V released his first album, Layover

October 2023: Jungkook teamed up with The Kid Laroi and Central Cee for "Too Much"

November 2023: Jungkook released his first album, Golden, and his own symbol

Permission to Dance on Stage in the US documentary

December 2023: RM and V, then Jimin and Jungkook enlisted

Jimin released the BTS and ARMY tribute "Closer Than This"

V appeared on Umi's "wherever u r"

Jungkook remixes "Standing Next to You" with Usher

BTS Monuments: Beyond the Star docuseries released

January 2024: V appears in IU's "Love wins all" music video

March 2024- J-Hope released Hope on the Street Vol. 1 and HOPE on the Street documentary series

V released "FRI(END)S"

April 2024: Release of D-Day Suga's concert film

I noticed that there were a few gaps, and was like, "wow, downtime? It didn't feel it." Then realized that's because those breaks were typically promotion periods, full of content.

If it seems like a lot, and scrolling took you a bit to get here, it's because it is. And it's even more immense to take a step back and realize I skipped out on one-off festival dates, most television show appearances, award shows, behind-the-scene look at things, and a bunch of other things I'm remembering as I'm in the editing process. Mostly, because if I were to do that, I'd be publishing this in a week from now while I look up everything. I ask your understanding in advance if I missed anything particularly egregious. If it was anything major you think should be added, please comment or email me and I'll add it ASAP.

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What I'm reading

Thoughts from people who had read my recent newsletter! Like Emily Haydel, who works in both sports and K-pop spaces, and shared some insight on the nuances of the sports world, which definitely are a major thing as well.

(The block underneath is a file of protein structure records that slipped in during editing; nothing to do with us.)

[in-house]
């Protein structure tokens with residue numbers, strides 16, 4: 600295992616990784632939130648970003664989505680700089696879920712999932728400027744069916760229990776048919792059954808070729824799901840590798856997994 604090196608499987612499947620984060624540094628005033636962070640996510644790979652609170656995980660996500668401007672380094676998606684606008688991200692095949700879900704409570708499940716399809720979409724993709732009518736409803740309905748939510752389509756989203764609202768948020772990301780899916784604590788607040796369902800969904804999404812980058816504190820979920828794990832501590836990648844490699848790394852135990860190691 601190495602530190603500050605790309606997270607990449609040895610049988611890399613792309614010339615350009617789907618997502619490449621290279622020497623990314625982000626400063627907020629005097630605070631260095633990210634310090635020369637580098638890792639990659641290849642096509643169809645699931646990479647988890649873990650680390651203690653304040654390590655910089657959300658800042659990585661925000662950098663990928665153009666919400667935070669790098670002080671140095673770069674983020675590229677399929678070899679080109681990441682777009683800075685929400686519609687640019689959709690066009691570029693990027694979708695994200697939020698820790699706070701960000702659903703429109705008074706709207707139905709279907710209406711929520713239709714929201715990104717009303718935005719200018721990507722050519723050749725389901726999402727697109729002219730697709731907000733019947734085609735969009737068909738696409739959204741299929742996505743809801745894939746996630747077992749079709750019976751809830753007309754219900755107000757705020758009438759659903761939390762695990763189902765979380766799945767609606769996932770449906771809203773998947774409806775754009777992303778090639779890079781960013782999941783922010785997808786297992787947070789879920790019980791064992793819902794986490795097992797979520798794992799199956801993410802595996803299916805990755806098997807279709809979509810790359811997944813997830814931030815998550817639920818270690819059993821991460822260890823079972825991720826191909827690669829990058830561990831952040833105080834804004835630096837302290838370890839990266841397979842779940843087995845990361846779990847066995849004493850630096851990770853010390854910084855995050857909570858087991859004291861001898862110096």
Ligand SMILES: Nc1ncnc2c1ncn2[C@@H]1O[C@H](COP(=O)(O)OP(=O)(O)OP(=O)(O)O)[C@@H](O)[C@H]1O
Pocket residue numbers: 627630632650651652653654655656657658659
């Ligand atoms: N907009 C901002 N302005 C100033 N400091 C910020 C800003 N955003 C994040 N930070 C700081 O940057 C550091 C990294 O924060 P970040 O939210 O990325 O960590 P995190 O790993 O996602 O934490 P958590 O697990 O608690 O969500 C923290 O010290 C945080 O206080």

"On the note of hiring fans, I think inherently especially because a lot of people who work for these teams grew up in that city and therefore loving the team, they’re fans," wrote Haydel. "However, and I know this through friends in HR at some teams, you shouldn’t be a vocal like rabid fan bc it doesn’t contribute to the work place..might become unprofessional with players around. I do have friends who are fans that have stated their own media outlets/account and have become pundits on national networks etc depending on the league/the sport/the team and their PR/media strategy. Some love to give super fans a voice while others avoid like classifying a certain fan group if that makes sense....To clarify this, what I meant by 'some' is some sports teams will give fans/influencers a voice and put attention on those fans while other teams may not depending on the branding of that team! It’s interesting to analyze across various sports as well."